Poor Leicester City. When Martin O’Neill jacked in the Filbert Street hotseat for the dubious pleasures of Parkhead, chairman John Elsom was quick to sneer at the curly-haired ones choice. Why, he wondered, would Martin O’Neill want to go to a non-entity club like Celtic when he could conquer entire worlds at Leicester? Even those of us who spread the rumour that Leicester was rejected for twinning by the citizens of Beirut must have wondered whether O’Neill had taken one too many blow to the head from a Gaelic football – in case you don’t know, they are slightly lighter than cannonballs. Leicester had established a firm niche in the Premiership and even won a couple of League Cups. Celtic, in the meantime, were the second club in a one-team league, yet still had fans who expected to win every game they played. As poisoned chalices go, this was that fake Holy Grail in Indiana Jones and the Last Crusade.
How times change. As Celtic crush all in their path in Scotland – they’ve lost four domestic games in nearly two years – we now know that Leicester’s place at England football’s top table was entirely down to wee Martin. A generous person might feel some measure of sympathy with Leicester’s plight, but comments like the aforementioned one from Mr Elsom demonstrate their descent into hubris. And they are not coping with their decline in the football hierarchy with much grace. As their fans chanted “you’ve only got twelve men” during their recent game at Anfield – surely their last for some time – it would have been more fit of them to dwell on the reason they were penalised so often. The Leicester players kicked anything that moved, which due to Liverpool’s glacial pace wasn’t often the ball. My advice to Leicester City fans would be to get used to it. Your time at the summit was fun, but for most clubs such glory is but fleeting.
The same advice could have been given to the Red one row ahead and one seat to the left of me at that Leicester game. I’ve often raged impotently at not having a season ticket, but while seated in a friends seat during the game, I was grateful that I wasn’t landed with such an odious neighbour. He was simply insufferable, shaking his head at everything that went wrong, and shaking his head at much that went right. His view of football was governed by the binary system. All stimuli were a function of what he saw on the field. When something occurred on the field, it produced a neural reaction, an electrical charge sent from his brain to the rest of his body to indicate his reaction to what he has just seen. A goal caused a signal of ‘1’ to be emitted, allowing him to get to his feet and cheer. A signal of ‘0’ was sent by everything else. Anything which failed to produce a goal would produce a shake of the head and/or some other reaction, such as “effin’ hell Reds” or “nice clearance Heskey” when Emile failed to send a bullet header to the net. My own personal favourite was when Stephane Henchoz sent an inch-perfect pass down the right wing to Stephen Wright. “First good ball you’ve ever played, Henchoz!” was his way of saying well done. It is to my eternal credit that I kept my cool, and I might not have done but for his daughter (I imagine) sitting beside him, letting him know just what she thought of his blatant negativity.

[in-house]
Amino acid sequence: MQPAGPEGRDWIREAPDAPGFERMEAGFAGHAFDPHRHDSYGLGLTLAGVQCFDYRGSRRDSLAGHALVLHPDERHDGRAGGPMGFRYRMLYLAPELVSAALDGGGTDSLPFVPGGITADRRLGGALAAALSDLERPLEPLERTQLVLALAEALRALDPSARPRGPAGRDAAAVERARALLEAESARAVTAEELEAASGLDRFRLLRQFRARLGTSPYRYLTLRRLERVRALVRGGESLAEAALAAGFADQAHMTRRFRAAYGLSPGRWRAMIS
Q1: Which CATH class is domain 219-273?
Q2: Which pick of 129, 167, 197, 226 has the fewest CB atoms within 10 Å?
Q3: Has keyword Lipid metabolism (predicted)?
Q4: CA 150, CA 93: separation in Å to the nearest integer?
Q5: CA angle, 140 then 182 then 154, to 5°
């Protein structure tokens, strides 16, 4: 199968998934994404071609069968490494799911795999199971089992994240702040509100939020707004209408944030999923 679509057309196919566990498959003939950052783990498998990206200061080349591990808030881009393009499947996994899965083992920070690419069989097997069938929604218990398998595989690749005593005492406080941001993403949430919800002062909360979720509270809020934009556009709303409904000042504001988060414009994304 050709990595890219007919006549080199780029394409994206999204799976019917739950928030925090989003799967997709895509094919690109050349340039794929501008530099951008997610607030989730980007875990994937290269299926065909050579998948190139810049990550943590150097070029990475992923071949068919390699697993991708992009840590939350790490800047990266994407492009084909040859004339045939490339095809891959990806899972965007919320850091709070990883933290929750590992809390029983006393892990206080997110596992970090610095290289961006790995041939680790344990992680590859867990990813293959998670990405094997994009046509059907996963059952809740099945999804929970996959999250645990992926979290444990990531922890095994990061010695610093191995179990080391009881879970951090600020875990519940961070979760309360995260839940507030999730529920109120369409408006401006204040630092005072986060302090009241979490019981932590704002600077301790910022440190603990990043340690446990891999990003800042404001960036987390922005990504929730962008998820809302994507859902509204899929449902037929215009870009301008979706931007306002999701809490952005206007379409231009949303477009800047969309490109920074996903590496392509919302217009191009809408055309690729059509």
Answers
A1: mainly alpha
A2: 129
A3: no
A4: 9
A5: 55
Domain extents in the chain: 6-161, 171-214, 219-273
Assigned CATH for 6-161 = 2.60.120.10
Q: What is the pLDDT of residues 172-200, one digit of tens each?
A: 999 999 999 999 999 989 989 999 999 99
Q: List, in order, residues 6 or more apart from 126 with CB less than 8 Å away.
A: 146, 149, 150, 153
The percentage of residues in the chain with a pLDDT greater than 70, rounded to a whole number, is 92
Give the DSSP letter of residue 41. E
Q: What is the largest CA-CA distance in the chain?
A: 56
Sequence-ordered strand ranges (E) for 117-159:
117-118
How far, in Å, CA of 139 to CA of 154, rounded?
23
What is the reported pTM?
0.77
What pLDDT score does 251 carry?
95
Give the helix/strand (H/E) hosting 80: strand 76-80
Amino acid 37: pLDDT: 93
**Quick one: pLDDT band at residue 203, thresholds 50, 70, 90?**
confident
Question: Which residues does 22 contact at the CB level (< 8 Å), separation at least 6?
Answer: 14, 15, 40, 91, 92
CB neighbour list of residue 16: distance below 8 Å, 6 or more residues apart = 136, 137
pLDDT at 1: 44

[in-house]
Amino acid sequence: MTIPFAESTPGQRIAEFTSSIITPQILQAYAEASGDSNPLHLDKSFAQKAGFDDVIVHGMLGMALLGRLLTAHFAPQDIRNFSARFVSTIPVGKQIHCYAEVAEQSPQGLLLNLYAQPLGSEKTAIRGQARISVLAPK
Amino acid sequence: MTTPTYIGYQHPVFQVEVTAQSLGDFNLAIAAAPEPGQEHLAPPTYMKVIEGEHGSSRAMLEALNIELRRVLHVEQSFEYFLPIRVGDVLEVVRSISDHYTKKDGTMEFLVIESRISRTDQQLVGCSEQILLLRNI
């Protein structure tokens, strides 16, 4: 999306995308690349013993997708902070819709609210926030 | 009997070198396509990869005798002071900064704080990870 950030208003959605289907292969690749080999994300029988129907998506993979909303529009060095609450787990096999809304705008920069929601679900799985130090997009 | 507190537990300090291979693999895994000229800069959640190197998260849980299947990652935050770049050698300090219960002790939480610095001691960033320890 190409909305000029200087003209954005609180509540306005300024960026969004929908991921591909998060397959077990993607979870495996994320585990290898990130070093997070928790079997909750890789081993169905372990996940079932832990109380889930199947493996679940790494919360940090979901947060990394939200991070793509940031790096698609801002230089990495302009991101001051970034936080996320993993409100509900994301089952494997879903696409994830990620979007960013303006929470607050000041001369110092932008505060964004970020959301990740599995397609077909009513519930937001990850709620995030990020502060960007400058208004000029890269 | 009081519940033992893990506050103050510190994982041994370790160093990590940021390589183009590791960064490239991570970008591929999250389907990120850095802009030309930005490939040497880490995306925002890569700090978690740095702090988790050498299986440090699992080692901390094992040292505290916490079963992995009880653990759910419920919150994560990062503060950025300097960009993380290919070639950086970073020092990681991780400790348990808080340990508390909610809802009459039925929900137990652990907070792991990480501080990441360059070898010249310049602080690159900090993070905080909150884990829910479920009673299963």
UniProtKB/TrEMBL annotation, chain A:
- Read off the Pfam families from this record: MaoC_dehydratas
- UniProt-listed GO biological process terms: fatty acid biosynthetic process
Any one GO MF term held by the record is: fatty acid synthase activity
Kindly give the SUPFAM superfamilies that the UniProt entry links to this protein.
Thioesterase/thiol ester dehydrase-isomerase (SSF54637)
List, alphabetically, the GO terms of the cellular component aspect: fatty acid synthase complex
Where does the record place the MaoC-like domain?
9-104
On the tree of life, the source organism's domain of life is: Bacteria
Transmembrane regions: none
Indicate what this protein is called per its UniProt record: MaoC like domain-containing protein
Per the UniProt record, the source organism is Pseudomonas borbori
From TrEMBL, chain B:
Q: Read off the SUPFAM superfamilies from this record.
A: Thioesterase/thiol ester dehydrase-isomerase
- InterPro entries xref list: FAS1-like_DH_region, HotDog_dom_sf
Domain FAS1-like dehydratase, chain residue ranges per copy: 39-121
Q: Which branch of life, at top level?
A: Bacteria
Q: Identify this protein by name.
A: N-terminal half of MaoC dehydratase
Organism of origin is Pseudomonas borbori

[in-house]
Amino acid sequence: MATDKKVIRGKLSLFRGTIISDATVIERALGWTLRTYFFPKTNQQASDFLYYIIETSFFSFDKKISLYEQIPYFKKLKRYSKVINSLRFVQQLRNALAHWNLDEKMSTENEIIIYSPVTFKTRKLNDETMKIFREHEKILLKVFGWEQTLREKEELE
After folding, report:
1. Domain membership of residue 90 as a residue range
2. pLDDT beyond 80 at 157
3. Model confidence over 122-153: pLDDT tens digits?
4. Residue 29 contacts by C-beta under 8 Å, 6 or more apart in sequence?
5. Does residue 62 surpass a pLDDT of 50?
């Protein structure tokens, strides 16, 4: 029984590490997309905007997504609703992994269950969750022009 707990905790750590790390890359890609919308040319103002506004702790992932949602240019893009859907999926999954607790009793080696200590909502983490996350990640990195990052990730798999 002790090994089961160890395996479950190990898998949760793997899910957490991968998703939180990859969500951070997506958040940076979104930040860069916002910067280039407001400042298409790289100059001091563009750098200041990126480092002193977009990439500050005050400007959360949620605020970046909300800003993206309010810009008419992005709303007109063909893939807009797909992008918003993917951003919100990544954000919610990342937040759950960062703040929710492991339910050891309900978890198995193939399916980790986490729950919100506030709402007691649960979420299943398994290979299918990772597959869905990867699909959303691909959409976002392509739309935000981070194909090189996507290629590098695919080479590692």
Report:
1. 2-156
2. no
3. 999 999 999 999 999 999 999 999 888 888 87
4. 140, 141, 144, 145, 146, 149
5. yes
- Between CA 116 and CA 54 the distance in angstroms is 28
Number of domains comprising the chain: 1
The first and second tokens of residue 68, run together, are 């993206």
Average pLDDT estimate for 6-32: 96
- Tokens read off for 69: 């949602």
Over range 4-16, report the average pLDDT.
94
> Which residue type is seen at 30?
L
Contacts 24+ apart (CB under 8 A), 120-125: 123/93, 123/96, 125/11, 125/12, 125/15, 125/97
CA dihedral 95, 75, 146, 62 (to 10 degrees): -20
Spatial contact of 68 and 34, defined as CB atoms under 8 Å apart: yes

To be fair to him, he was entirely consistent. You could see the struggle as all those ‘1’ signals were fired along his neural pathways upon Liverpool’s goal, but they were being swamped by all the ‘0’ charged messages along the lines of “Heskey touched the ball, jeer him!” The ‘1’ signals triumphed in the end, but only in a rather desultory fashion. And as if to prove his muppet status beyond all doubt, he left ten minutes before the end. Yep, muppet sounds about right.
Some will no doubt think that I’m saying that all criticism is off limits, and they’d be partially right. It does upset me when people kick off with impunity without any obvious regard for the waves of depression that sweep around Anfield. But my problem is with the sheer lack of joy in the likes of him. Going up to the ground is meant to be fun, for Christ’s sake. It’s not a chore. No one is forcing you to go, so why bother if you’re going to be so miserable all the time? Watching that goon go through the motions on that chilly Wednesday night infuriated me beyond belief, that someone’s love for Liverpool FC was so clearly dependent on them winning all the time.
Following this team is not a conditional thing. We’re wedded to them with ties that bind more strongly than any marriage ceremony. Through sickness and in health, ’til death do us part. And when I see the gimps who have been abusing all and sundry of late coming on the message board and expressing ‘delight’ at the Reds walloping Leeds at Elland Road, after they had been confidently predicting Armageddon at the hands of Robbie Fowler…I will say no more. I refuse to let them come between me and the joy that that result engendered. Because we – us fortunate few – deserve that result, and the nay-sayers are not going to take it away from us.